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Carbon and the Molecular Diversity of Life A. Carbon—The Backbone of Biological Molecules Although cells are 70–95% water, the rest consists mostly of carbon-based compounds. Carbon is unparalleled in its ability to form large, complex, and diverse molecules. Carbon accounts for the diversity of biological molecules and has made possible the great diversity of living things. Proteins, DNA, carbohydrates, and other molecules that distinguish living matter from inorganic material are all composed of carbon atoms bonded to each other and to atoms of other elements. These other elements commonly include hydrogen (H), oxygen (O), nitrogen (N), sulfur (S), and phosphorus (P). 1. Organic chemistry is the study of carbon compounds. The study of carbon compounds, organic chemistry, deals with any compound with carbon (organic compounds). Organic compounds can range from simple molecules, such as CO 2 or CH 4 , to complex molecules such as proteins, which may weigh more than 100,000 daltons. The overall percentages of the major elements of life (C, H, O, N, S, and P) are quite uniform from one organism to another. However, because of carbon’s versatility, these few elements can be combined to build an inexhaustible variety of organic molecules. Variations in organic molecules can even account for differences among individuals of the same species. The science of organic chemistry began in attempts to purify and improve the yield of products obtained from other organisms. Initially, chemists learned to synthesize simple compounds in the laboratory, but had no success with more complex compounds. The Swedish chemist Jons Jacob Berzelius was the first to make a distinction between organic compounds that seemed to arise only in living organisms and inorganic compounds that were found in the nonliving world. This led early organic chemists to propose vitalism, the belief that physical and chemical laws did not apply to living things. Support for vitalism began to wane as organic chemists learned to synthesize complex organic compounds in the laboratory.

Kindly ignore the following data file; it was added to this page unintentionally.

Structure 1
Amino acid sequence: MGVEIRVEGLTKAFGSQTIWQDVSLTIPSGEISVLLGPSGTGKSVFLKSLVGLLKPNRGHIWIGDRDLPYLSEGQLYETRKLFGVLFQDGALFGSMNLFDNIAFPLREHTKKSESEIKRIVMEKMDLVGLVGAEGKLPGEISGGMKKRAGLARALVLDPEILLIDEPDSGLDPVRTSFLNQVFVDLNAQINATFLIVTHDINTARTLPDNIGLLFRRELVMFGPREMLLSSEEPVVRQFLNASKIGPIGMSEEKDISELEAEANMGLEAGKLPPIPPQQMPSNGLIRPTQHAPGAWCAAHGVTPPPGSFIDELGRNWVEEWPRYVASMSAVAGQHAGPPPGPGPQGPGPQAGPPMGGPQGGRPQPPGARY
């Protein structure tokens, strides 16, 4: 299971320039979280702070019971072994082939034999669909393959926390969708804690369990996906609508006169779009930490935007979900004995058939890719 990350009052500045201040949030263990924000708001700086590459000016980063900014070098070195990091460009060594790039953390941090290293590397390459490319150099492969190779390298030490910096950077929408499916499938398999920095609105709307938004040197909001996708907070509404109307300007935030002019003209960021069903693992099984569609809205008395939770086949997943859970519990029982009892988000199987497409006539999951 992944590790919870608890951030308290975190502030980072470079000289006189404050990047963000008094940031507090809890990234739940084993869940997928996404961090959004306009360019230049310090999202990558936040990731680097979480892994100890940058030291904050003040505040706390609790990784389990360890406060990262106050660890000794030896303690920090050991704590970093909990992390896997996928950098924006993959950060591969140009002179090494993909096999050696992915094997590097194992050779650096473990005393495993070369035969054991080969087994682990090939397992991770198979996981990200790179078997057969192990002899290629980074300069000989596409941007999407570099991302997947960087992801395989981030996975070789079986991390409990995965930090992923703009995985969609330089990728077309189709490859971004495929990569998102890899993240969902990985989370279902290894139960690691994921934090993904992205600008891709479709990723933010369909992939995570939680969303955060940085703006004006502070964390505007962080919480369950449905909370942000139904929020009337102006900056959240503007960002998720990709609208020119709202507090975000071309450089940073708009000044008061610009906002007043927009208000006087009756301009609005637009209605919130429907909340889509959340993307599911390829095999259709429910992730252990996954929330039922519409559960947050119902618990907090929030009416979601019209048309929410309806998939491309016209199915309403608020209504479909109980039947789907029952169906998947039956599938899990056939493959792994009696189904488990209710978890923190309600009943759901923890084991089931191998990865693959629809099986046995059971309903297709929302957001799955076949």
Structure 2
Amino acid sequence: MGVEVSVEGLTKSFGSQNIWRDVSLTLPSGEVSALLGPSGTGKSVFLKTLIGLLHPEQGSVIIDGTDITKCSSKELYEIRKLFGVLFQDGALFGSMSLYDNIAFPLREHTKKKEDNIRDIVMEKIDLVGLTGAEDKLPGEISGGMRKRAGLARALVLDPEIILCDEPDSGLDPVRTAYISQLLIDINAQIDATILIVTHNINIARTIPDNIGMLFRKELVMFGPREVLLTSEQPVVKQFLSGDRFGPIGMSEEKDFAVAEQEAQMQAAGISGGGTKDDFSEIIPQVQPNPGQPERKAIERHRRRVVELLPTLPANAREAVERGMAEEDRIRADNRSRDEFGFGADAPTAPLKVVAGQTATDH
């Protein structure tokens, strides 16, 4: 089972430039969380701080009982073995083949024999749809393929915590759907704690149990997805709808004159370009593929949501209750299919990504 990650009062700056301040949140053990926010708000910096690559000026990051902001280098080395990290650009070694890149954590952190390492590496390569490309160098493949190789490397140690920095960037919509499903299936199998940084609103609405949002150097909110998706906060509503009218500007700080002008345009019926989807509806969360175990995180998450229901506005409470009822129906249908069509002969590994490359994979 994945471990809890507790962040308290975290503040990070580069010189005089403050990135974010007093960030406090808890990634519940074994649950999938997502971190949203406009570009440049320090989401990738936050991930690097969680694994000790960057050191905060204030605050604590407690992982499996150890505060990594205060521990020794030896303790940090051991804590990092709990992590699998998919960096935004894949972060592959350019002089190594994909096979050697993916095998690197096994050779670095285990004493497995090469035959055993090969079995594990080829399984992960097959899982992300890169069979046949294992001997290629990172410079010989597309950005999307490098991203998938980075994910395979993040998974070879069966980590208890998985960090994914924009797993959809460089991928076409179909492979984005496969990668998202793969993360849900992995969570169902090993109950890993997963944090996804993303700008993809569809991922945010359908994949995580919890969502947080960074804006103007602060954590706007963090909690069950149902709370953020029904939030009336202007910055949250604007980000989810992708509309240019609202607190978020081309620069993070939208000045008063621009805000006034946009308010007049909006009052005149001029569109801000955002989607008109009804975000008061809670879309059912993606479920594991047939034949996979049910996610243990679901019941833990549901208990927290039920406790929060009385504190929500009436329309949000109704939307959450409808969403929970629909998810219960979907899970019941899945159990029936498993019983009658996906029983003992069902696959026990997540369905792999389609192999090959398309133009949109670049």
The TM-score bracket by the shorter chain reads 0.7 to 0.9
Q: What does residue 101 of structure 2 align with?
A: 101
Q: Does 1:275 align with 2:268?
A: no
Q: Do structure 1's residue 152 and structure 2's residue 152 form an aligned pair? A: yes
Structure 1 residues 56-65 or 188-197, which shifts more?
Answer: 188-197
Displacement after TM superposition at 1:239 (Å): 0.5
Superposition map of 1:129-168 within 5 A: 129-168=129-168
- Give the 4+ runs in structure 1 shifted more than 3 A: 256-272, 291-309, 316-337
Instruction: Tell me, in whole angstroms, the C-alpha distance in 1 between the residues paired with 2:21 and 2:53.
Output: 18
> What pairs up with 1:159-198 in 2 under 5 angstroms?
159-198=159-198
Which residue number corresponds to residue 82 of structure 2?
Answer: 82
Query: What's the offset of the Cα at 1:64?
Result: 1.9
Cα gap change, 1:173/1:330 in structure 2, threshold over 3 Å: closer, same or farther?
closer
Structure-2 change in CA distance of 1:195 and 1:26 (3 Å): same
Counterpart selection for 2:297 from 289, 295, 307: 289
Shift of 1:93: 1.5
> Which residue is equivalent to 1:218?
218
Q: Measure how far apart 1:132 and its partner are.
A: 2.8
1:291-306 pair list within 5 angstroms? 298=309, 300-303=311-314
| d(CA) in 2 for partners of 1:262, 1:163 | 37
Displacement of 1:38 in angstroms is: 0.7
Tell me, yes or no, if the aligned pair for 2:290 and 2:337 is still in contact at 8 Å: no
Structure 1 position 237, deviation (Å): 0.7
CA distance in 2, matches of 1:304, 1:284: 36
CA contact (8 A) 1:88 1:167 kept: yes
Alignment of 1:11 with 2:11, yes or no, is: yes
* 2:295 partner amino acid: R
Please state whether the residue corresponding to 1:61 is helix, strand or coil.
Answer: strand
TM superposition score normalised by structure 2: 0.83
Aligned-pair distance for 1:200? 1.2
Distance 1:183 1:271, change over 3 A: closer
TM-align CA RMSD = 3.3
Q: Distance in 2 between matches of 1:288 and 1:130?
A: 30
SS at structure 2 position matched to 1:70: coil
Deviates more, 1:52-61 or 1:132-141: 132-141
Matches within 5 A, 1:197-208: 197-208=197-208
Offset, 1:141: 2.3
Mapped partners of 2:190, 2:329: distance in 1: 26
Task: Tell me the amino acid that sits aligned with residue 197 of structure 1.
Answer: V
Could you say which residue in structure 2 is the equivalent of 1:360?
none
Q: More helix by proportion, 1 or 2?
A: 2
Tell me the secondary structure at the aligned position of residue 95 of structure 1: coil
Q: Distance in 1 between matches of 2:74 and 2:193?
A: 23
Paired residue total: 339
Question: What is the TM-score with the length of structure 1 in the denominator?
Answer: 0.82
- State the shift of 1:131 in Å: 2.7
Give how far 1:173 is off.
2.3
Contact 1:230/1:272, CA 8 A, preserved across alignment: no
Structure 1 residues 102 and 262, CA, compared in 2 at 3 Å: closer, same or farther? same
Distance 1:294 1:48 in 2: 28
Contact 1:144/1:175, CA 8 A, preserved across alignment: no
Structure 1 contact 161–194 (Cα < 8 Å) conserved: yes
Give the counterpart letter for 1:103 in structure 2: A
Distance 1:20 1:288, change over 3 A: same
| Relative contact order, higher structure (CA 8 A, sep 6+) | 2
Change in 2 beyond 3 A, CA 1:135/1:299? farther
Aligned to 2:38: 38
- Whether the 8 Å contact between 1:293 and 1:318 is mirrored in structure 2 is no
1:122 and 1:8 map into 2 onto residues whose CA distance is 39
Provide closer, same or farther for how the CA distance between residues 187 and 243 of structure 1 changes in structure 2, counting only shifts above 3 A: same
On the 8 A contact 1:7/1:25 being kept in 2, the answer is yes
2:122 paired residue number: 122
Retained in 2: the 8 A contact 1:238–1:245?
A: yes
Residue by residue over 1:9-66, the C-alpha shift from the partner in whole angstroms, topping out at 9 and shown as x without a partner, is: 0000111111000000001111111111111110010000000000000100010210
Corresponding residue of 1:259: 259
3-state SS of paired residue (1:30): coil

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In the early 1800s, the German chemist Friedrich Wöhler and his students were able to synthesize urea from totally inorganic materials. In 1953, Stanley Miller at the University of Chicago set up a laboratory simulation of chemical conditions on the primitive Earth and demonstrated the spontaneous synthesis of organic compounds. Such spontaneous synthesis of organic compounds may have been an early stage in the origin of life.
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